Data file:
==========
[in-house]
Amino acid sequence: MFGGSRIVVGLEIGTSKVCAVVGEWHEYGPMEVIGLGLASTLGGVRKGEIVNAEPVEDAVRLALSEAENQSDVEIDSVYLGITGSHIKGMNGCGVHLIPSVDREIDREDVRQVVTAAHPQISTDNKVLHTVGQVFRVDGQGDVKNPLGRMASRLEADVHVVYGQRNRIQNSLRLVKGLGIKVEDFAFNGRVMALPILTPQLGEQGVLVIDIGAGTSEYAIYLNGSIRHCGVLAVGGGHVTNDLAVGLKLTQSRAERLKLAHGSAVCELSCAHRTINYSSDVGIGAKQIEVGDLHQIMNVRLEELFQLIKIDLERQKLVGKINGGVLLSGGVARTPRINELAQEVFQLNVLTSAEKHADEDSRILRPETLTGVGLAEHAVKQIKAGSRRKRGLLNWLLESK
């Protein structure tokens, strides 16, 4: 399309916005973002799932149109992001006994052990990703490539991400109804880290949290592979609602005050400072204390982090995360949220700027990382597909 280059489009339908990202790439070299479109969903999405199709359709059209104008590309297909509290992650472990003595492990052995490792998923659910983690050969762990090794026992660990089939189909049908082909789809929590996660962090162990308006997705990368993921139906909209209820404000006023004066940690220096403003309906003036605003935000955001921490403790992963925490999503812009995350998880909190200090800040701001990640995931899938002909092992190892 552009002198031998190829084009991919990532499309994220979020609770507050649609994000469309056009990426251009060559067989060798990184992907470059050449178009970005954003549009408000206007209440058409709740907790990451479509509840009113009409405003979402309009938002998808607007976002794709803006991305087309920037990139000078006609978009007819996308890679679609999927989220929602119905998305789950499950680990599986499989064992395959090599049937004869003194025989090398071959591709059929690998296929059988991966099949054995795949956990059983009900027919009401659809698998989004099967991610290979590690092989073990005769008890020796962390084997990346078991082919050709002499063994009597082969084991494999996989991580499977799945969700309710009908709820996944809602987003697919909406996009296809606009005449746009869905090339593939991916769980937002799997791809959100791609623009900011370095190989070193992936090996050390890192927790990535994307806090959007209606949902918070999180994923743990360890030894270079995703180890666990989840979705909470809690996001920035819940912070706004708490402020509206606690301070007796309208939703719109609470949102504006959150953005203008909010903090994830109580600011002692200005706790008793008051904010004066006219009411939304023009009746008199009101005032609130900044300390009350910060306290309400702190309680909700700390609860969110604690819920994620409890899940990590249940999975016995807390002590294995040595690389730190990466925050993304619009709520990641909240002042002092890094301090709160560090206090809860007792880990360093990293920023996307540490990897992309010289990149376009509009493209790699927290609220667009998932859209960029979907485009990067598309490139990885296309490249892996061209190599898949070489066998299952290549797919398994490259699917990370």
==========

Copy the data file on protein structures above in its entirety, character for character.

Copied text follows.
[in-house]
Amino acid sequence: MFGGSRIVVGLEIGTSKVCAVVGEWHEYGPMEVIGLGLASTLGGVRKGEIVNAEPVEDAVRLALSEAENQSDVEIDSVYLGITGSHIKGMNGCGVHLIPSVDREIDREDVRQVVTAAHPQISTDNKVLHTVGQVFRVDGQGDVKNPLGRMASRLEADVHVVYGQRNRIQNSLRLVKGLGIKVEDFAFNGRVMALPILTPQLGEQGVLVIDIGAGTSEYAIYLNGSIRHCGVLAVGGGHVTNDLAVGLKLTQSRAERLKLAHGSAVCELSCAHRTINYSSDVGIGAKQIEVGDLHQIMNVRLEELFQLIKIDLERQKLVGKINGGVLLSGGVARTPRINELAQEVFQLNVLTSAEKHADEDSRILRPETLTGVGLAEHAVKQIKAGSRRKRGLLNWLLESK
């Protein structure tokens, strides 16, 4: 399309916005973002799932149109992001006994052990990703490539991400109804880290949290592979609602005050400072204390982090995360949220700027990382597909 280059489009339908990202790439070299479109969903999405199709359709059209104008590309297909509290992650472990003595492990052995490792998923659910983690050969762990090794026992660990089939189909049908082909789809929590996660962090162990308006997705990368993921139906909209209820404000006023004066940690220096403003309906003036605003935000955001921490403790992963925490999503812009995350998880909190200090800040701001990640995931899938002909092992190892 552009002198031998190829084009991919990532499309994220979020609770507050649609994000469309056009990426251009060559067989060798990184992907470059050449178009970005954003549009408000206007209440058409709740907790990451479509509840009113009409405003979402309009938002998808607007976002794709803006991305087309920037990139000078006609978009007819996308890679679609999927989220929602119905998305789950499950680990599986499989064992395959090599049937004869003194025989090398071959591709059929690998296929059988991966099949054995795949956990059983009900027919009401659809698998989004099967991610290979590690092989073990005769008890020796962390084997990346078991082919050709002499063994009597082969084991494999996989991580499977799945969700309710009908709820996944809602987003697919909406996009296809606009005449746009869905090339593939991916769980937002799997791809959100791609623009900011370095190989070193992936090996050390890192927790990535994307806090959007209606949902918070999180994923743990360890030894270079995703180890666990989840979705909470809690996001920035819940912070706004708490402020509206606690301070007796309208939703719109609470949102504006959150953005203008909010903090994830109580600011002692200005706790008793008051904010004066006219009411939304023009009746008199009101005032609130900044300390009350910060306290309400702190309680909700700390609860969110604690819920994620409890899940990590249940999975016995807390002590294995040595690389730190990466925050993304619009709520990641909240002042002092890094301090709160560090206090809860007792880990360093990293920023996307540490990897992309010289990149376009509009493209790699927290609220667009998932859209960029979907485009990067598309490139990885296309490249892996061209190599898949070489066998299952290549797919398994490259699917990370």